Riots in Northern Ireland reveal absurdity and incoherence of loyalism

Riots in Northern Ireland reveal absurdity and incoherence of loyalism

THERE have been a lot of ludicrous things in the long history of this island but I’m fairly sure this one comes close to being top of the pile.

Loyalist rioters in Northern Ireland released a statement saying they would stop the protests that had developed into rioting out of respect for the death of the UK’s Prince Philip.

I’m not going to go into the sudden portrayal of the somewhat controversial Philip as the ‘grandfather of the nation’ as I lived in the UK when Princess Diana died and I have no intention of trying to understand the British mind when it comes to the Royal Family.

Surely, though, even the most ardent royalist or loyalist must see the ludicrousness of loyalist rioters curtailing their activities out of respect for the highest branch of the UK establishment.

It is worthwhile thinking on this for a moment.

Street rioters from a deprived area, with strong disadvantages in housing, employment, education and social life, halted throwing petrol bombs at police and bus drivers out of respect for a man from the highest echelons of European royalty.

How would anyone explain that?

Is that simply the incoherence of loyalism writ large?

It is quite a difficult notion to grasp.

Those most loyal to the very structures of British governance suspended their attacks upon the structures of British governance in order to show respect for the highest structures of British governance.

It couldn’t be, could it, that the problem with loyalism is loyalism itself?

One of the old, cliched sayings about those imprisoned during the Troubles was that republican prisoners went to jail and got degrees and loyalist prisoners went to jail and got muscles.

Whatever about that, loyalism, as a self-defined reaction against republican violence, has never established an intellectual or even political ideology.

That its leaders, from Paisley to Arlene Foster, have been keen to march its foot soldiers to the top of the hill and then abandon them when they go over the top is beyond dispute.

Arlene Foster ignited these recent loyalist protests by calling for resignations from the top offices of the police and then decried the protests against the police that followed.

I wonder how much anger there was in working class loyalist streets against the Bobby Storey funeral before the DUP decided, for political gain, that there was.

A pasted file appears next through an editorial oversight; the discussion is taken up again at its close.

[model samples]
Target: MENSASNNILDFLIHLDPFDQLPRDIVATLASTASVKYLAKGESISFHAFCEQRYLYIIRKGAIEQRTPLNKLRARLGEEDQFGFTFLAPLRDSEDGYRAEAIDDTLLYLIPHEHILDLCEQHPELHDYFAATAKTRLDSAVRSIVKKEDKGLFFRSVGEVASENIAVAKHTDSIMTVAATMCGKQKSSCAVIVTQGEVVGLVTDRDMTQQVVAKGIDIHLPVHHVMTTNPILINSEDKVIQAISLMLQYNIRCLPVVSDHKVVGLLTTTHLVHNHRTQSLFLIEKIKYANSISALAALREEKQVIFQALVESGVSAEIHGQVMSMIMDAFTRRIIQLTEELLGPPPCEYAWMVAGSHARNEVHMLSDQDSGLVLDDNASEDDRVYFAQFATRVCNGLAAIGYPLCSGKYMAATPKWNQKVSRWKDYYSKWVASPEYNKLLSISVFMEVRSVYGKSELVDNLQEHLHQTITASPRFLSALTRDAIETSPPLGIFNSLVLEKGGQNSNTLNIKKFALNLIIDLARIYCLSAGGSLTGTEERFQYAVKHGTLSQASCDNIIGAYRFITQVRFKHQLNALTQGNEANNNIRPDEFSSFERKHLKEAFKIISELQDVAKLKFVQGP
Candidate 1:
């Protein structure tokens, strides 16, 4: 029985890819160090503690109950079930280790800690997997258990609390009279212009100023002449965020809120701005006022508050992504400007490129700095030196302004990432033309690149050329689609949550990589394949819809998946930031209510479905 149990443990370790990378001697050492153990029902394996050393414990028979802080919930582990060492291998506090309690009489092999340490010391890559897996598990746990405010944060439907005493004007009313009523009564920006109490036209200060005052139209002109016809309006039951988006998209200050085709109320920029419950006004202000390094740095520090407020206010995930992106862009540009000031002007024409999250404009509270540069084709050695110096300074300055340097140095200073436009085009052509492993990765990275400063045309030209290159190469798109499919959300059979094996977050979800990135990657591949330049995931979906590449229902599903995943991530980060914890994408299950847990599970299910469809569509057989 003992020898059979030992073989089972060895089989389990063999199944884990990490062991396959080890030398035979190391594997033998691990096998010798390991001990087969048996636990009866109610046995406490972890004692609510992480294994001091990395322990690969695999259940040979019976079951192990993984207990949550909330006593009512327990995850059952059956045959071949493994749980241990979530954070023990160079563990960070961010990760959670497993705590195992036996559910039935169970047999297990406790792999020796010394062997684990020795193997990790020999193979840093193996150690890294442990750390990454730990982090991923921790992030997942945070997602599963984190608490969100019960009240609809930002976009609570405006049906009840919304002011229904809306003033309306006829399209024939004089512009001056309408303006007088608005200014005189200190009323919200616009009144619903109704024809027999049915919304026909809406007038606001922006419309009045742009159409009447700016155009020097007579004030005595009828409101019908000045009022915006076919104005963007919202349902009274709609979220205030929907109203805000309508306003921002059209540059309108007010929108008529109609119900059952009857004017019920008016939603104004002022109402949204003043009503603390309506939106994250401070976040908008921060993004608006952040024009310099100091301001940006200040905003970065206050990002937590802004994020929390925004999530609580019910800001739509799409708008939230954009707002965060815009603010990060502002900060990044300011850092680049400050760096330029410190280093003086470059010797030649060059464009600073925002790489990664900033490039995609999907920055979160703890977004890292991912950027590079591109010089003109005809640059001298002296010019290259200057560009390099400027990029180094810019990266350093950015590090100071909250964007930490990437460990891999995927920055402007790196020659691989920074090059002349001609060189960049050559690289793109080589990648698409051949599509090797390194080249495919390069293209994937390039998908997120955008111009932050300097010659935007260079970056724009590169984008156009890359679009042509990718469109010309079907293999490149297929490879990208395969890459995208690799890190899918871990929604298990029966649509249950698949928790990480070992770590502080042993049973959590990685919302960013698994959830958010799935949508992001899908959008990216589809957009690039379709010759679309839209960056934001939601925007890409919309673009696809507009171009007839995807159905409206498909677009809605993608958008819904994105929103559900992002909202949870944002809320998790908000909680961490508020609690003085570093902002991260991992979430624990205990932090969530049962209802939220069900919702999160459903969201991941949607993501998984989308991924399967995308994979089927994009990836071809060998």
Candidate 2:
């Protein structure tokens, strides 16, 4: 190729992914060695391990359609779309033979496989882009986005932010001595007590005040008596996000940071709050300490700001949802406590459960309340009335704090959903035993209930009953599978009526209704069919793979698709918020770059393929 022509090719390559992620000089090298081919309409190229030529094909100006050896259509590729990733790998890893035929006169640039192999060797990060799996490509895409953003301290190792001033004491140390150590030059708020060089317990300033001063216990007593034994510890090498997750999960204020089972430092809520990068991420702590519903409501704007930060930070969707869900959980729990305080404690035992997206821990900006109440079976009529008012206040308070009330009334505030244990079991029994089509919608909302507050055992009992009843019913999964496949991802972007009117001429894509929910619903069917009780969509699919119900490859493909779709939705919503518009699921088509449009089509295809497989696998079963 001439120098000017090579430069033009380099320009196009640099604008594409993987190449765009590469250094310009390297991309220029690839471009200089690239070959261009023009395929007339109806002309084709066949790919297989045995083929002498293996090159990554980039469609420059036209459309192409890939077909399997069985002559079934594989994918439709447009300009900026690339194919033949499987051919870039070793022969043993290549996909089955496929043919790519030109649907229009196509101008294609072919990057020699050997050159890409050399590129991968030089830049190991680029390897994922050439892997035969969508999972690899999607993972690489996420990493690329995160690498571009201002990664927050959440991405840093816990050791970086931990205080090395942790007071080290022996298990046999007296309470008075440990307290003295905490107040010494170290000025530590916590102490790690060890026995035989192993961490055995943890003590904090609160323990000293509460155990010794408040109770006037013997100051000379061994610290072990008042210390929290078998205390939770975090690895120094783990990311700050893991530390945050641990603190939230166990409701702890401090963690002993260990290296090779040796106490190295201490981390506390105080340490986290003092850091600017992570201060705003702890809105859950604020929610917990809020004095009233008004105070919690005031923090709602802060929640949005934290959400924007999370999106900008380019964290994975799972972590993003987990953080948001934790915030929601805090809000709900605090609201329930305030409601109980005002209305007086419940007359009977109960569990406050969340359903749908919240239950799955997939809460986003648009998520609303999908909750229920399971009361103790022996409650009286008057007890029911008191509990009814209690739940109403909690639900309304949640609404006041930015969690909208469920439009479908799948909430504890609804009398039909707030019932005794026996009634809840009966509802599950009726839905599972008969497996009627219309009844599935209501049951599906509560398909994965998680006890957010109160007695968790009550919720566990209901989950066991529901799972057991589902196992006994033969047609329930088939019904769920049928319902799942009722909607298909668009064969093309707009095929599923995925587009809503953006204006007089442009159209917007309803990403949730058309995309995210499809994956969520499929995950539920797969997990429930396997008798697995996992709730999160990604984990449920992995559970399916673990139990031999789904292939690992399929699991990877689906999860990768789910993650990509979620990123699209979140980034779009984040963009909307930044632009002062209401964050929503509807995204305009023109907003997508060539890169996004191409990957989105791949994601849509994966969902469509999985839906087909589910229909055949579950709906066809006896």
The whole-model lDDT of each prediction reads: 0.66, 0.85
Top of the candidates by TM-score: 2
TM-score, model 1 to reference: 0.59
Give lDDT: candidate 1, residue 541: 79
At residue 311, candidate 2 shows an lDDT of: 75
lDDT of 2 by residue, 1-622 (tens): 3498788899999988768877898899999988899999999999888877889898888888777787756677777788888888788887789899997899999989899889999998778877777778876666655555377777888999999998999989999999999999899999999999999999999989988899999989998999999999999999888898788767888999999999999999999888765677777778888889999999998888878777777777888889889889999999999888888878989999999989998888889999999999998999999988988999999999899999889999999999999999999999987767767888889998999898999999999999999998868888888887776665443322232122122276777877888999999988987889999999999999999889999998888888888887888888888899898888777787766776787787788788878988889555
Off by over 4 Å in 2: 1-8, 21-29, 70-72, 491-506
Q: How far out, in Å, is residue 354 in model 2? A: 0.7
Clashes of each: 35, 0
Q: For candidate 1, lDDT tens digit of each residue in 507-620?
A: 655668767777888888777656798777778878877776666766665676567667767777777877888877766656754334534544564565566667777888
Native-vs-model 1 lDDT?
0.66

If the reported comment by one loyalist rioter, that Bobby Storey should be arrested is anything to go by, not too much well informed anger anyway.

Predictably, and depressingly, the loyalist rioting was then mirrored by Republican rioting.

Divided by a wall, but fundamentally living in the same streets with the same disadvantages and the same lack of opportunities but different coloured flags, young people threw stones and petrol bombs at each other.

There’s an obvious question there, isn’t there?

And it is one that once more goes to the heart of loyalism’s inherent contradictions.

That question is who benefits from the poorer sections of a society turning repeatedly on each other?

Who is left alone when those who share the same social and economic problems turn on each other rather than those who benefit from those economic and social problems?

Which political leaders are not blamed for failing to increase social opportunities or not sharing out social advantages when flags and painted kerbstones remain the only permissible aspiration?

If by any chance all of those Rangers and Celtic fans from those side by side streets realised they had far more in common than not, that their shared interests would far outweigh their differences, what would the North be like then?

Don’t, after all, the disadvantaged have more in common with their fellow disadvantaged even though they support different teams, fly different flags, and have a different religion?

Unionism relays on loyalism. And unionism relays on loyalism staying where it is.

It relays on loyalism staying on the same streets, receiving the same education, or lack of one, having the same jobs or signing on at the same dole office.

As long as loyalists can be kept in their tribal cages unionism has no need of change.

As long as loyalists can be kept in a constant state of paranoia about betrayal, unionism can support Brexit and then suggest the reality of Brexit borders is a machination of the union’s enemies.

Arlene Foster really needs those loyalists to keep on getting muscles because she keeps the degrees for her own kind.